Steven Tyler stood behind a mic in David Geffen Hall on Monday wearing a dark vest, patterned shirt and tight jeans in front of a crowd that reflected his decades of music-making — an older man in a vintage tour t-shirt, an Aerosmith purist; a middle-aged blonde woman waving an American flag blanket, pulled in by the band’s magnetic run in the ‘90s; and a boy barely in his 20s who learned about Tyler through his parents, or his judging turn on “American Idol,” or both, and has followed him right up until his most recent foray into country rock.
The performance benefited Tyler’s philanthropic interest, Janie’s Fund, which raises awareness for girls who are victims of abuse. Tyler’s Nashville-based band Loving Mary rattled the hall, and Brett Ratner joined in to direct the show titled “Steven Tyler… Out On a Limb.” The stage, home to the New York Philharmonic was transformed into a multi-tiered setup, littered with cowboy kitsch, set against the backdrop of projections, partially masked by a white fringe scrim.
Some of the evening best moments stemmed from Tyler departing from the classics, and singing some his newer, fresher tracks. At times his ego showed, like saying “I think you heard this on the radio” before “Red, White & You” which debuted at number 64 on the iTunes charts and peaked at number 47. Other times, his rare off-script moments made him seem more aware, like before a song called “Only Heaven”: “I haven’t done this song yet, so put your phones away.”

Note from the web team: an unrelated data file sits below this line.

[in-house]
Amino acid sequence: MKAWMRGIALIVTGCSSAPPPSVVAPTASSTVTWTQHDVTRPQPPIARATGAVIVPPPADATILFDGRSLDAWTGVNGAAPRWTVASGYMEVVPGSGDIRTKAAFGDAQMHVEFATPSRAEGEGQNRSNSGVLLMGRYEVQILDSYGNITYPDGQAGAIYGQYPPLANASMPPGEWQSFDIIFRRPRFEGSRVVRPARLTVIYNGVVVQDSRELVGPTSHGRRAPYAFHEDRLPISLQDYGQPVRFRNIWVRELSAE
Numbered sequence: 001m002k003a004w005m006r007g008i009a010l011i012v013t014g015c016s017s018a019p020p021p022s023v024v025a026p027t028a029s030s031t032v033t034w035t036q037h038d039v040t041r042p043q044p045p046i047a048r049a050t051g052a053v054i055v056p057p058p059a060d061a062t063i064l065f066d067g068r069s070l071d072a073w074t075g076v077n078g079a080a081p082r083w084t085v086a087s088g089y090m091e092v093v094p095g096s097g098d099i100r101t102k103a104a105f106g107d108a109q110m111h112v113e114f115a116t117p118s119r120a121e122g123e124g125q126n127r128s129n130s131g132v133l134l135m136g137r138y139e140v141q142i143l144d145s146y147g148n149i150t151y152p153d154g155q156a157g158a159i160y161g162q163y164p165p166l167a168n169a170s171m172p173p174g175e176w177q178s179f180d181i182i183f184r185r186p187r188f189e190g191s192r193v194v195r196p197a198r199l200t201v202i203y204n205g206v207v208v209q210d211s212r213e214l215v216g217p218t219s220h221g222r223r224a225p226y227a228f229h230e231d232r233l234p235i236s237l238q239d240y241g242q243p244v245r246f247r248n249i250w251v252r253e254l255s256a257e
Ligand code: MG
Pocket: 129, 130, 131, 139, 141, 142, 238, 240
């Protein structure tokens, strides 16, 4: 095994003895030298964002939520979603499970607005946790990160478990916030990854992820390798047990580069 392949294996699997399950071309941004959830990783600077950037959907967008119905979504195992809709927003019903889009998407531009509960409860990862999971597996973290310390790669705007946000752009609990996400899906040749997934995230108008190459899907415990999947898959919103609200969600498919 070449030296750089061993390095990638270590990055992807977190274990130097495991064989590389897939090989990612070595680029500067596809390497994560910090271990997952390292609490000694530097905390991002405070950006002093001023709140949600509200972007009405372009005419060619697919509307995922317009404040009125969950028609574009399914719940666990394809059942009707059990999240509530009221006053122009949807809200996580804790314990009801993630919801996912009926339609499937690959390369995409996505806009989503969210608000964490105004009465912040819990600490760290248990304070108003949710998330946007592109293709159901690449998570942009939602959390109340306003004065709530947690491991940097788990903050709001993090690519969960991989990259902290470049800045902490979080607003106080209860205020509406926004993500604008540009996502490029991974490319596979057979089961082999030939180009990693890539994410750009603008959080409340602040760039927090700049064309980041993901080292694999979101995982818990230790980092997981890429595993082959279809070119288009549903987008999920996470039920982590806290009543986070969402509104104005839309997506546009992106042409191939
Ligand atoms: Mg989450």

But most of the performance gave the audience what it wanted: the hits. “Was ‘Sweet Emotion a number one hit?” Tyler asked to cheering audience (the song peaked at number 36 on the Billboard Hot 100). “What the f***, right?” The rest of the set list included “Cryin’,” “Come Together,” “I Don’t Want to Miss a Thing,” “Dream On” and, of course the inspiration for the philanthropy’s name, “Janie’s Got a Gun.”
Although most of Hollywood’s gaze was directed toward the Met Gala, happening at the same time on the other side of Central Park, Bruce Willis, Melissa Joan Hart and several of Tyler’s family moments were among the other stars to attend.
As the band played the last chords of the final encore, “Walk This Way,” four young women, representatives from Janie’s Fund, walked onstage to take a final bow with the band. “We’re told that one in five girls are sexually abused before they’re 18 years old. But because the subject is so taboo… clearly that number is much greater,” Tyler said earlier in the evening about his involvement with Janie’s Fund, adding what the charity means to him. “I am in awe of young women out there who are standing up against abuse,” he said. “They are the rock stars.”